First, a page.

In August 1999, I had given up on moving to New York. I had assumed that The New York Times, where Iíd interviewed three weeks earlier, had filled their position and would not come calling. After more than a year of fidgeting and imagining a life in a place bigger than St. Louis, I sighed and accepted that was where I would be. I began to enjoy it there. I had a great job, a beautiful girlfriend and many close friends. This place wasnít so bad. Hell, I could go to Cardinals games anytime I wanted. I reached that level of equilibrium, where my social and professional life were both converging pleasantly. I had found, as they say, kwan.

And then The New York Times called out of nowhere, and they offered me the job, and darn it, it was The New York Times and I just couldnít turn them down. So I took the job and bolted, leaving the friends, the girl and the Cardinals behind. It seemed like a smart move. Secure job, new opportunities, creative environment. Even my family, typically disgusted by all things New York, was supportive; for Christmas, my grandmother gave me a copy of the Times dated October 10, 1975, the day I was born. And I was qualified here; I deserved to be here. It was the logical conclusion of all that had come before.

OK, fine. Iíve made some mistakes here, and Iíve been wasteful and irresponsible, and Iíve done a few things that probably didnít score positive karma points, if you believe in that crap. But ... jeez. Uncle. Mercy. I give. What has happened in the last nine months - the shriveled job market, the constant layoffs, the demoralizing indifference to the fact that I live and walk and breathe - is enough to break a manís spirit. And how long am I willing to take it?

While Iíve spent a year-and-a-half idling here in New York, just trying to keep my head above water, everyone out there is still going, moving on with their lives. Thereís so much living going on. Two of my closest friends from St. Louis, since Iíve left, have met people they might very well end up spending the rest of their lives with. Iíve met each of these significant others once, and to be honest, Iím not sure I could pick either out of a lineup. I feel like Iíve missed so much out here, chasing something, I donít even know what anymore.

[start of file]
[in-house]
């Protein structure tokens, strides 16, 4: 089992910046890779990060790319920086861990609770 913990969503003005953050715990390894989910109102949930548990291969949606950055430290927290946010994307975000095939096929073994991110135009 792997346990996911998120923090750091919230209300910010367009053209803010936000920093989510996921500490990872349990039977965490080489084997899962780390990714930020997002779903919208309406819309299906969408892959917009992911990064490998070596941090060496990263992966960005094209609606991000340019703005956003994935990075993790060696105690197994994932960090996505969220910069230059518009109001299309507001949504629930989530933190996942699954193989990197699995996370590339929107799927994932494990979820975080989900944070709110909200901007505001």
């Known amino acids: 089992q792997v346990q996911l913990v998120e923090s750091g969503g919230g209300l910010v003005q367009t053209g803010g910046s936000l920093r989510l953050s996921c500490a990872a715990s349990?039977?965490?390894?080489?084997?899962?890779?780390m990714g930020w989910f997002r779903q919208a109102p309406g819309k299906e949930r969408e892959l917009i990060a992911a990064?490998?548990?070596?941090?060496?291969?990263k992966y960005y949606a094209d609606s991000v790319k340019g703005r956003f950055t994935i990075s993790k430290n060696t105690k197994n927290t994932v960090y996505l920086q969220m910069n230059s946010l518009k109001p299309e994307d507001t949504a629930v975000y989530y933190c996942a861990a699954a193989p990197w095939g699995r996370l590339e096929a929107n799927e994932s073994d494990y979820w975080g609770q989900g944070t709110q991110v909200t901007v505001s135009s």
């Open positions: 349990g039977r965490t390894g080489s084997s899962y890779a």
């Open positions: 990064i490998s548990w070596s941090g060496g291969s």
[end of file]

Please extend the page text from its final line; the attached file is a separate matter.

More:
What am I bashing my head against the wall for, anyway? Currently, Iím basing my immediate future on the possibility of a two-month job doing lousy work for a magazine I would have never even thought of working for a year ago. If I end up catching a break and getting that, whoís to say I wonít be going through this exact same thing in two months? And for what? The right to pay too much for rent? The constant harmony of car alarms? One of my best friends when I moved to New York now no longer speaks to me. Is it because of me? Him? Did the city do something to one or both of us when we moved here? Has it changed me irrevocably? Does it matter?

Maybe it just didnít work. It was worth a shot; everyone always says you should live in New York at some point in your life, and then you should leave. When will the point hit that I just give it up? I never could have predicted this would be where I was a year-and-a-half into this journey. Will it get worse or better a year-and-a-half from now? And where the hell else would I go anyway? What would I do? Could I swallow my pride and go work in PR or advertising? And why would they hire someone with such obvious contempt for their industries anyway? Maybe I could teach. I donít even think you need a certificate to do that anymore.

I just donít know what the next step is. Perhaps thatís what temping really is for. For people who have no idea, not a goddamned clue, what theyíre doing with their lives. People for whom a weeklong job is a huge commitment. People in limbo, between two phases in their life, neither all that appealing, treading water, waiting for life to tell them what to do next. Never thought I was one of those people, but, well, hey, I also never thought Iíd be so damned good at stuffing envelopes, either.